Senate Minority Leader Mitch McConnell has until Thursday to defuse a standoff over filibuster changes, because Majority Leader Harry Reid indicated Tuesday that he is otherwise going to go “nuclear” on Republicans.
The Nevada Democrat on Tuesday outlined a package to his fellow party members that would eliminate at least one filibuster option for Republicans and place the burden of obstruction on the minority if they want to block other agenda items.
Reid, who has been in talks with the Kentucky Republican on a compromise plan, told reporters Tuesday afternoon that he hopes to have a bipartisan agreement on changes to the filibuster rule within the next 24 hours to 36 hours, but he emphasized that he was prepared to use the blunt object known as the “nuclear” or “constitutional” option, if needed.
Republican senators expressed optimism that there would be a path forward, but they left it to Reid and McConnell to work out the details.
“I think the two leaders are talking about it. I think they both probably talked about it at lunch, and my belief is they still have a little more talking to do, but we’ll see,” GOP Conference Vice Chairman Roy Blunt of Missouri said. “My guess would be that ... we need to decide this and probably will decide it pretty quickly.”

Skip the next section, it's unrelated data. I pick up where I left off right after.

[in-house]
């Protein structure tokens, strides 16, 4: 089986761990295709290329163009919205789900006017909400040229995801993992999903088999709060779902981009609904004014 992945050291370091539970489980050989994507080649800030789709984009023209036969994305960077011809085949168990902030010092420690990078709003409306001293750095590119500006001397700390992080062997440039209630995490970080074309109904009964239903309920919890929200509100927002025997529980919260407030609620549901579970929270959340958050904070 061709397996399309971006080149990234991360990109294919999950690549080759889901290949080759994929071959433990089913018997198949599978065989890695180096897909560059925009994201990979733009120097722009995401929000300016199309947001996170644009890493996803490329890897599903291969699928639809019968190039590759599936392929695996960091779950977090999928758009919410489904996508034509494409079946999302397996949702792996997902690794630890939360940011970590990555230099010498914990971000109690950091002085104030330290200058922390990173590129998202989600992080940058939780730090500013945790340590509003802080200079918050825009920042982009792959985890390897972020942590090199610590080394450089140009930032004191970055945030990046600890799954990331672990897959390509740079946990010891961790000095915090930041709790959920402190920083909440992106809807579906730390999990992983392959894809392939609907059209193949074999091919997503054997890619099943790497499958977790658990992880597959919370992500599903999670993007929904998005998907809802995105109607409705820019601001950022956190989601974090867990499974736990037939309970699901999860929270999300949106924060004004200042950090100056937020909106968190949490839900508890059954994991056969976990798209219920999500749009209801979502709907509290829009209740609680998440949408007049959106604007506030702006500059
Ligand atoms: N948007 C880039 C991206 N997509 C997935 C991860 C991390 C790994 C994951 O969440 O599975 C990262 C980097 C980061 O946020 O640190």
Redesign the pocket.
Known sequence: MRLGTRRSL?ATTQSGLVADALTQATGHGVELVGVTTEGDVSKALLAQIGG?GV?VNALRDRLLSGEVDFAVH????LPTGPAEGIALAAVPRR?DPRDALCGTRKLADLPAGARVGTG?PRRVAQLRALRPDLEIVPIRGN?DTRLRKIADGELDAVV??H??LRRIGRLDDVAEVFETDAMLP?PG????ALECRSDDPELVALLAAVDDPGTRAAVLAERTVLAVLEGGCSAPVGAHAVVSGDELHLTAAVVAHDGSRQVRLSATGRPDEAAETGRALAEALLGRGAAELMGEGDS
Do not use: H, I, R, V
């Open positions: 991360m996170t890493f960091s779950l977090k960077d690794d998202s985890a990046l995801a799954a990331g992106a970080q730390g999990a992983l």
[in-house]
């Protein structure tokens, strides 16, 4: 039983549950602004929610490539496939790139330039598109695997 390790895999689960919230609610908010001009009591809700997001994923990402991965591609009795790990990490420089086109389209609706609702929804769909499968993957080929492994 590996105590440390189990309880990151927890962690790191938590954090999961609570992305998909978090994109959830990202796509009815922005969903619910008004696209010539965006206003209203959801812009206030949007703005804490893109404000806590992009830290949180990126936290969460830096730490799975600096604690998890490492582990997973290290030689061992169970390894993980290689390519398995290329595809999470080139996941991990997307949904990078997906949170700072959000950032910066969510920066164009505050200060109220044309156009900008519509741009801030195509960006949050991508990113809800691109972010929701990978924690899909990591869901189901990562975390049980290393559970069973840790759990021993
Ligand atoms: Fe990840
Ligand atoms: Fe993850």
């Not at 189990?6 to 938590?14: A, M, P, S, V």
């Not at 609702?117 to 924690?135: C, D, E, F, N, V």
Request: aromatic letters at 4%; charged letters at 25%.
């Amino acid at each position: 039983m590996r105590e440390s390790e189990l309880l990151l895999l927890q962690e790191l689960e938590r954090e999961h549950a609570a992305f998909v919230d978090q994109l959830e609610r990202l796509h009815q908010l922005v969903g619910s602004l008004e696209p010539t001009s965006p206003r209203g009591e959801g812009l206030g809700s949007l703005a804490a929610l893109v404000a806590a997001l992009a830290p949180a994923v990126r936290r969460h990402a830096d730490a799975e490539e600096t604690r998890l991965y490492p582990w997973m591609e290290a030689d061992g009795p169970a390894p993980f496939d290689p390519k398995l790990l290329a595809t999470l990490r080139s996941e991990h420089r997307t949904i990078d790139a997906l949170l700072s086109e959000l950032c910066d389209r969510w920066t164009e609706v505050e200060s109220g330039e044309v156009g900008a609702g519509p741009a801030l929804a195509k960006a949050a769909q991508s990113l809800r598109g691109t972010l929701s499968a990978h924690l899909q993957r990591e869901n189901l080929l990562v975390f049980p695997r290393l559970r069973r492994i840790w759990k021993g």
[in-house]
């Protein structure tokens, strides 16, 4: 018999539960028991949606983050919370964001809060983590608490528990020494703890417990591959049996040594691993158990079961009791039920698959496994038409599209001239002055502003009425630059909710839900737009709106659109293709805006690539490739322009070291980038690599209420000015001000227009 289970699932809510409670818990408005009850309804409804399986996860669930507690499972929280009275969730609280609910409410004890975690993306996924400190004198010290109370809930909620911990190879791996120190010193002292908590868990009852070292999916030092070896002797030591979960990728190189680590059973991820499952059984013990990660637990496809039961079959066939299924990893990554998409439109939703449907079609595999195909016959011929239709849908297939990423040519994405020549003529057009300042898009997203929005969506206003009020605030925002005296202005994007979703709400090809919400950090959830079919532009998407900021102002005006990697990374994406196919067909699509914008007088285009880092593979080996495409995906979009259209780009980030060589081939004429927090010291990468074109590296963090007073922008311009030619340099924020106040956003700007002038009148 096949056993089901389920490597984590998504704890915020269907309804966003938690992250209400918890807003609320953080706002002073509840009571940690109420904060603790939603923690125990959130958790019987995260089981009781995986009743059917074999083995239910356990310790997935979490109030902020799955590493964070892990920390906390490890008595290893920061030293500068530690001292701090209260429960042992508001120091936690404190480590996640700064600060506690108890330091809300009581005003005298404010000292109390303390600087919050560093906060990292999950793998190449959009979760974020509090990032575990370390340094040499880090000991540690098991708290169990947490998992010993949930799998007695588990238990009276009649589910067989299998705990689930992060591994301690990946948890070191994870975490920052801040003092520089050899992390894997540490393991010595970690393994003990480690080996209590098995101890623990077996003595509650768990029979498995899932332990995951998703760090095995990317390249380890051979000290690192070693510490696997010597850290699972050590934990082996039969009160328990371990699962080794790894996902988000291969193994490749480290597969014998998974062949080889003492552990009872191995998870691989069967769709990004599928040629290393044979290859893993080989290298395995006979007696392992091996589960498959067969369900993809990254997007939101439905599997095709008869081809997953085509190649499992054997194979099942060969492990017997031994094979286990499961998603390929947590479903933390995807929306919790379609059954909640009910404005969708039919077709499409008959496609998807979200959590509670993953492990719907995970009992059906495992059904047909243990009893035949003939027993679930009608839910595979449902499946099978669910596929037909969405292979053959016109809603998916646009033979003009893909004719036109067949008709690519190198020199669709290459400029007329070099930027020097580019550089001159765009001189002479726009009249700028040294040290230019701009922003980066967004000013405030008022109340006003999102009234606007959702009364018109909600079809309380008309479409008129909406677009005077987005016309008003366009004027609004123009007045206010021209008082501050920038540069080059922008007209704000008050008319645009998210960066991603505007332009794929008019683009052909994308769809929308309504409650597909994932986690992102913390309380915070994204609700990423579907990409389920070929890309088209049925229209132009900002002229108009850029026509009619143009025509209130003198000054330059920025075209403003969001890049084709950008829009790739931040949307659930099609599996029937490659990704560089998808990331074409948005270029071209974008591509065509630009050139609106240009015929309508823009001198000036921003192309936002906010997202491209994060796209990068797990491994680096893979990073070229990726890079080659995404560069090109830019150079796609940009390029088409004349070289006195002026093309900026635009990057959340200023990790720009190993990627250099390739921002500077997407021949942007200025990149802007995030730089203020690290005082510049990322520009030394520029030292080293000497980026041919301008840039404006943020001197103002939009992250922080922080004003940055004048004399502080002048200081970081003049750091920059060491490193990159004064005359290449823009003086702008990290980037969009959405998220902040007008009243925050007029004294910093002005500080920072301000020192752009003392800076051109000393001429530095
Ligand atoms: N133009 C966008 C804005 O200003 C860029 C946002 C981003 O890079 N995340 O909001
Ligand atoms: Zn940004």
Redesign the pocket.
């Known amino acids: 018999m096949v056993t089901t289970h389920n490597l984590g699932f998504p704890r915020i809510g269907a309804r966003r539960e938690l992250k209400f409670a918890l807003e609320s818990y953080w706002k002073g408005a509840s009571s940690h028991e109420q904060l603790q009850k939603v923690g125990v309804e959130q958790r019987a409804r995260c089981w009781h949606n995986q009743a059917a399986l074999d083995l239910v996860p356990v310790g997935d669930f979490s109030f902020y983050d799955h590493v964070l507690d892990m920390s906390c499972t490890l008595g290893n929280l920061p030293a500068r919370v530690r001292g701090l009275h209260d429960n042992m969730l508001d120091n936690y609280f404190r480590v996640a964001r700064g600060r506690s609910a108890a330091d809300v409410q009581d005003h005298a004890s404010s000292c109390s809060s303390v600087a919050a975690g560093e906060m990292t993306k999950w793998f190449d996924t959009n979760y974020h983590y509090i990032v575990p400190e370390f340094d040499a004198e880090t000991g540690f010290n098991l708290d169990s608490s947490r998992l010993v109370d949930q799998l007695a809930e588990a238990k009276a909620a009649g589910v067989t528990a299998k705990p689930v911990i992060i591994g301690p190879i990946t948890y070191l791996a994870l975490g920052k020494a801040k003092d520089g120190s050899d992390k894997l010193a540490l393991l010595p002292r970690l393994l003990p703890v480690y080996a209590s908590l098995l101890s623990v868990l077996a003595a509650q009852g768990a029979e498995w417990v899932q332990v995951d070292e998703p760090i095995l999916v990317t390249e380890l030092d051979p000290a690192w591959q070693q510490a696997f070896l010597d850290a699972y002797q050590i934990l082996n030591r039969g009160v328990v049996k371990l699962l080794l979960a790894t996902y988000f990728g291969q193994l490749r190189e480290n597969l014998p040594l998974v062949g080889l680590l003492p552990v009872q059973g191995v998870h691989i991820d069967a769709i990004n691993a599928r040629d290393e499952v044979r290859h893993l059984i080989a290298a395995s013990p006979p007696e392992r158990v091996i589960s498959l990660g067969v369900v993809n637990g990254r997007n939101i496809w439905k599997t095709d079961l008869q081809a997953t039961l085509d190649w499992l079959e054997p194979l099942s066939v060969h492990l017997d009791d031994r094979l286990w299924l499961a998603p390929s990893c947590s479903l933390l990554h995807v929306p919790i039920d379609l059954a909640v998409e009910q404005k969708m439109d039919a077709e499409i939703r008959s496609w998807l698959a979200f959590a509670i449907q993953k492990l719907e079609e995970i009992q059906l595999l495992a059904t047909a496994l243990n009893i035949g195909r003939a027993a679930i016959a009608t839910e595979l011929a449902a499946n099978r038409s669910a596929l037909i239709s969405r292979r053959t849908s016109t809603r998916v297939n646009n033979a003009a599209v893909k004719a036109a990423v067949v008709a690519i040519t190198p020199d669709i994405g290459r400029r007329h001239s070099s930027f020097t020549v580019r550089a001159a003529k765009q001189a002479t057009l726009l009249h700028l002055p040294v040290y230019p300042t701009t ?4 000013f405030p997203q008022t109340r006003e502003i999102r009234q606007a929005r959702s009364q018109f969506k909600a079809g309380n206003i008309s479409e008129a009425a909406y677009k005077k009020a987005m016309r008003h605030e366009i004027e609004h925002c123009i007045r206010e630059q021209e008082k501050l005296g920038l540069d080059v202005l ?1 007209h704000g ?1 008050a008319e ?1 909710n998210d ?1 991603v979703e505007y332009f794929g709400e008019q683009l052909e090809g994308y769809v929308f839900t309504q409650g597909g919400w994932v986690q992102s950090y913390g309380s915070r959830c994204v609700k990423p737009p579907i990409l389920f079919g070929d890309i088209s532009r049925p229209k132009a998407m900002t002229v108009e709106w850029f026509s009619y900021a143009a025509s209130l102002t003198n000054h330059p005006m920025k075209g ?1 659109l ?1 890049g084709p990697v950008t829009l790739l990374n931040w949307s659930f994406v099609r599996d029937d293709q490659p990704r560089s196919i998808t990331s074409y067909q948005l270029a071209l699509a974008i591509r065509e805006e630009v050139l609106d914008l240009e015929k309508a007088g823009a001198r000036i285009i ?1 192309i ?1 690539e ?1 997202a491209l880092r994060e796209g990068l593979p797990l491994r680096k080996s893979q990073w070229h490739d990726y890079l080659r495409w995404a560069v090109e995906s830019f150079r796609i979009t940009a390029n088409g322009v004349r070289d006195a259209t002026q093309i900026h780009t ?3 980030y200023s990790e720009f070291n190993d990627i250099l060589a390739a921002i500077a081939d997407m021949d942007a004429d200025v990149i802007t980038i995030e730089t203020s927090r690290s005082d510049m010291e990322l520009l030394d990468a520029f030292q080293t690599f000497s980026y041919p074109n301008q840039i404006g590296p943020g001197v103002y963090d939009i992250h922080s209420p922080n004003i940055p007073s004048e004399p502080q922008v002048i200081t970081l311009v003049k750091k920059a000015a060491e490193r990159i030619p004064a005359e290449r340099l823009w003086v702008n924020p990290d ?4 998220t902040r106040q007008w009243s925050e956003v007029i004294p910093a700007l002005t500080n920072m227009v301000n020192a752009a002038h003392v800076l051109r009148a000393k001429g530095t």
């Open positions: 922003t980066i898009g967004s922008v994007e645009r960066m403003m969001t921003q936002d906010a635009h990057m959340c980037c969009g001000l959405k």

In the absence of a bipartisan agreement, Reid’s plan would eliminate filibusters on motions to proceed and require the minority to muster 41 votes to block other agenda items.
Reid’s ability to determine which items the Senate will take up has been hamstrung by the threat of filibusters on motions to proceed, which must be adopted for the Senate to formally debate most items. Traditionally, motions to proceed have been seen as the prerogative of the majority leader, but Republicans have objected to them more and more in recent years as a way of blocking or slowing down legislation.
Republicans counter that they have been forced to use the tactic because Reid too often uses a procedural device known as “filling the tree” to prevent them from offering amendments.
The package under discussion would strengthen Reid’s hand in agenda-setting and controlling time, but it may not make it much easier to actually pass bills.
Democrats have insisted they can change the rules at the beginning of a Congress with a simple majority, while Republicans have said the rules allow the minority to erect a 67-vote threshold for such alterations.
Vice President Joe Biden waits to conduct a mock swearing-in ceremony with Sen. Brian Schatz, D-Hawaii, in the Capitol's Old Senate Chamber, December 2, 2014. Schatz was sworn in to serve the remainder of his term since he was appointed to the seat after Sen. Daniel Inouye, D-Hawaii, passed away.